Senate Majority Leader Mitch McConnell left the door open to using the “nuclear option” and eliminate the Senate’s rule requiring 60 votes to confirm Supreme Court justices if Democrats attempt a filibuster.
“I haven’t said what will happen at that point. I’m confident we will get 60 votes,” the Kentucky Republican told CNN’s Jake Tapper on “State of the Union” Sunday.
His comment comes as some liberal Democrats push fellow party members to block President Donald Trump’s Supreme Court nominee, Neil Gorsuch.
There are 52 Senate Republicans, but they would need 60 votes to overcome a Democratic filibuster. McConnell hopes to get enough crossover votes from Democrats to approve Gorsuch. But he could change the Senate rules in order to make a simple majority – 51 votes – enough to overcome the procedural hurdles. It would be similar to what then-Majority Leader Harry Reid did to confirm lower court Obama appointees.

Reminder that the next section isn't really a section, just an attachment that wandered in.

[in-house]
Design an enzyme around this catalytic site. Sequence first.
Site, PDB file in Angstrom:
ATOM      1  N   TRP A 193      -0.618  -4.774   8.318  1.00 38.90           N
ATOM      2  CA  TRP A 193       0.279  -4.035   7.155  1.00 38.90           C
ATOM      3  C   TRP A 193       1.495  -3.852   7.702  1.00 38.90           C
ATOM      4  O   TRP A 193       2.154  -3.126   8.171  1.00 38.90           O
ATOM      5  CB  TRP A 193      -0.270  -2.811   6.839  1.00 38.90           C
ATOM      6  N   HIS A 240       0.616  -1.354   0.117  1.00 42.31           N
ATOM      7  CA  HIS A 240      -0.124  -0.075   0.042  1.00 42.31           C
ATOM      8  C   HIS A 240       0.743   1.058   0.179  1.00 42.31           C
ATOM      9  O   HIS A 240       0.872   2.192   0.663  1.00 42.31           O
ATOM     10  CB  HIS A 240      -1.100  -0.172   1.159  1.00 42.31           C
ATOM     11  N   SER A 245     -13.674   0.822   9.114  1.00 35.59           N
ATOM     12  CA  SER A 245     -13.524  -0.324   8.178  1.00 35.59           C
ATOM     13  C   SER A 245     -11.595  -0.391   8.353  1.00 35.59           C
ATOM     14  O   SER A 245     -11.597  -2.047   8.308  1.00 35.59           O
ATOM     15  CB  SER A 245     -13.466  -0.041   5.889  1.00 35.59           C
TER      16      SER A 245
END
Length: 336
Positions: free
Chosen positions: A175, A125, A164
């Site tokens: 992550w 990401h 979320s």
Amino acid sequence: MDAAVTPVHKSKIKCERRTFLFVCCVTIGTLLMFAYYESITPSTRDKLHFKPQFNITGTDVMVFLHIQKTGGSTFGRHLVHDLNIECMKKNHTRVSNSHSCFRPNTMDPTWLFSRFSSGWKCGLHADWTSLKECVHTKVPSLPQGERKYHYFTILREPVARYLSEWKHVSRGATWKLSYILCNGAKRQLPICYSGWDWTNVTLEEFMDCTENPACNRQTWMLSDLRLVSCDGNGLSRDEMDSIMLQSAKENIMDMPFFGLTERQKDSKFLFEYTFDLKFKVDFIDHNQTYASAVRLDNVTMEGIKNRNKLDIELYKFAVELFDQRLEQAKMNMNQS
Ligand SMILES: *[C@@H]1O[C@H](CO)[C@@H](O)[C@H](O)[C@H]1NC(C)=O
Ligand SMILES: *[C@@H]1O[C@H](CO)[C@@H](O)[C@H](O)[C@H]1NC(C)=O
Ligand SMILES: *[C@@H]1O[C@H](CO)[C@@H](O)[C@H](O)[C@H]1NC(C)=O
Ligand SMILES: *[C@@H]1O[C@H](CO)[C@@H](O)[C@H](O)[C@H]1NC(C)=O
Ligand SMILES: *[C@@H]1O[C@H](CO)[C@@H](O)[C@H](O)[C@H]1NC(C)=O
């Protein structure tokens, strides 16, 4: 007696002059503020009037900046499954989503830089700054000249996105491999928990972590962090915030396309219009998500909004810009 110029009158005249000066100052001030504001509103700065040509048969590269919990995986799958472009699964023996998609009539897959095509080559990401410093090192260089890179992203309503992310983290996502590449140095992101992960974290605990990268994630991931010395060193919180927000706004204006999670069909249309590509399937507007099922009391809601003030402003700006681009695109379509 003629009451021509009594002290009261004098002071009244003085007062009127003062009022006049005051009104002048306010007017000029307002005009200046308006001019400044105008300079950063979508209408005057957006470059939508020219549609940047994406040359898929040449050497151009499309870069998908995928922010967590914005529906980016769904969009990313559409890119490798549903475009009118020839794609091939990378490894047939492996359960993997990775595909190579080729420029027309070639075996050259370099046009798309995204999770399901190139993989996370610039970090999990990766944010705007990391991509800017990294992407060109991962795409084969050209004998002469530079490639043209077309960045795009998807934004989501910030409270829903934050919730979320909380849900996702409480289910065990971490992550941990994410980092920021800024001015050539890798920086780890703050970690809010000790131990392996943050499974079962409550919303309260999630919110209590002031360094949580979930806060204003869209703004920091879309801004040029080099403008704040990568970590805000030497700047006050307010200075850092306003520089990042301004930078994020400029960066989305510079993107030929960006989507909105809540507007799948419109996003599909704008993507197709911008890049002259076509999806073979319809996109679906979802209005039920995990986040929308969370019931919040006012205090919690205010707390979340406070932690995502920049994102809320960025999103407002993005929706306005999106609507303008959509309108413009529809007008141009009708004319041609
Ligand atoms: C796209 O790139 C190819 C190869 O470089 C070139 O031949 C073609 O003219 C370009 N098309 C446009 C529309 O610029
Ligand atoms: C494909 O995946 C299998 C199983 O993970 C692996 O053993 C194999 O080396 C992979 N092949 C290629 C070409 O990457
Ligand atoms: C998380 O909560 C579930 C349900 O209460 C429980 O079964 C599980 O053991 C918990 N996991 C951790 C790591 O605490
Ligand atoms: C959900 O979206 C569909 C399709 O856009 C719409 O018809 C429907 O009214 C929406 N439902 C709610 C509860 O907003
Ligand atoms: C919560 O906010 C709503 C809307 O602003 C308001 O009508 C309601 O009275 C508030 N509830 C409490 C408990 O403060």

Trump had told McConnell that he should “go nuclear” – meaning change the Senate rules – if necessary to get Gorsuch confirmed.
McConnell wouldn’t commit either way but did not take that option off the table.
“I’m very confident he will be confirmed,” McConnell said. As for how, he said, “I would say that is up to our Democratic friends.”
Vermont Sen. Bernie Sanders said on “State of the Union” that “there’s no question the nomination should get serious debate and have 60 votes.” He said it would be “absolutely unacceptable” for McConnell to change the rules.
“Look, Obama’s nominations required 60 votes. So should Trump’s, absolutely,” Sanders said.